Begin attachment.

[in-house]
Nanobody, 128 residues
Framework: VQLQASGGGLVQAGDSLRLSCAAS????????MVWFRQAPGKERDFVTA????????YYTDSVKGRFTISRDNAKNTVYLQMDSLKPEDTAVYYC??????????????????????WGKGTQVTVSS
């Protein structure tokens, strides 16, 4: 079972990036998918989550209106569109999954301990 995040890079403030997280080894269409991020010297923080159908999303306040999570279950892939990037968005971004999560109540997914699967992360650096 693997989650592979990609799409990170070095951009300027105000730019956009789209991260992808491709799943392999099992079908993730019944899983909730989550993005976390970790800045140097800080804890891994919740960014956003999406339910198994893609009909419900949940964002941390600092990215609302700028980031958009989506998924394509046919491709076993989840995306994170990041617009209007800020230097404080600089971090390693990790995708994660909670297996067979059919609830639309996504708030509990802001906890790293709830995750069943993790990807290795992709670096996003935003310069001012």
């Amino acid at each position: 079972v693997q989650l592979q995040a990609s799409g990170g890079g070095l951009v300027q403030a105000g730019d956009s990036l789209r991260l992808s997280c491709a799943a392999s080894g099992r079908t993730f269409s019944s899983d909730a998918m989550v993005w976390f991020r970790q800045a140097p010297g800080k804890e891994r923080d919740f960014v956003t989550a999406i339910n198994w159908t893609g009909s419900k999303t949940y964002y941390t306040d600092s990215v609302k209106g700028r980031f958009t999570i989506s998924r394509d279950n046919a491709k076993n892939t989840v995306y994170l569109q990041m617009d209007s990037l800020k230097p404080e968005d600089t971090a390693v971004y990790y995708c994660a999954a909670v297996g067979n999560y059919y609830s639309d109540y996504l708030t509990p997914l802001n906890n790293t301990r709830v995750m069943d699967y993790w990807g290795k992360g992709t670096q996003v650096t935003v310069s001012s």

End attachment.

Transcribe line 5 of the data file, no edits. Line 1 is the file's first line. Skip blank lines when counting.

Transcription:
């Amino acid at each position: 079972v693997q989650l592979q995040a990609s799409g990170g890079g070095l951009v300027q403030a105000g730019d956009s990036l789209r991260l992808s997280c491709a799943a392999s080894g099992r079908t993730f269409s019944s899983d909730a998918m989550v993005w976390f991020r970790q800045a140097p010297g800080k804890e891994r923080d919740f960014v956003t989550a999406i339910n198994w159908t893609g009909s419900k999303t949940y964002y941390t306040d600092s990215v609302k209106g700028r980031f958009t999570i989506s998924r394509d279950n046919a491709k076993n892939t989840v995306y994170l569109q990041m617009d209007s990037l800020k230097p404080e968005d600089t971090a390693v971004y990790y995708c994660a999954a909670v297996g067979n999560y059919y609830s639309d109540y996504l708030t509990p997914l802001n906890n790293t301990r709830v995750m069943d699967y993790w990807g290795k992360g992709t670096q996003v650096t935003v310069s001012s």